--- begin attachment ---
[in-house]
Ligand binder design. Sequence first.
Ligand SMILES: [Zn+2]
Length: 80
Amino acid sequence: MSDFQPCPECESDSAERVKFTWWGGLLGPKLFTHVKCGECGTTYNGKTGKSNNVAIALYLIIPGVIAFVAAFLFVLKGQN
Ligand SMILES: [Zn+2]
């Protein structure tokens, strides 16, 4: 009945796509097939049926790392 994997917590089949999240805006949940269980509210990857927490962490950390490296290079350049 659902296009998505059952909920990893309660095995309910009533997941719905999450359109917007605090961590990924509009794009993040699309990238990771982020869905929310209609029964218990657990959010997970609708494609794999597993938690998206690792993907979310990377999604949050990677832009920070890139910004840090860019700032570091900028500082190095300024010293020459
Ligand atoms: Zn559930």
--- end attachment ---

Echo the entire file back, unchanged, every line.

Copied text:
[in-house]
Ligand binder design. Sequence first.
Ligand SMILES: [Zn+2]
Length: 80
Amino acid sequence: MSDFQPCPECESDSAERVKFTWWGGLLGPKLFTHVKCGECGTTYNGKTGKSNNVAIALYLIIPGVIAFVAAFLFVLKGQN
Ligand SMILES: [Zn+2]
């Protein structure tokens, strides 16, 4: 009945796509097939049926790392 994997917590089949999240805006949940269980509210990857927490962490950390490296290079350049 659902296009998505059952909920990893309660095995309910009533997941719905999450359109917007605090961590990924509009794009993040699309990238990771982020869905929310209609029964218990657990959010997970609708494609794999597993938690998206690792993907979310990377999604949050990677832009920070890139910004840090860019700032570091900028500082190095300024010293020459
Ligand atoms: Zn559930």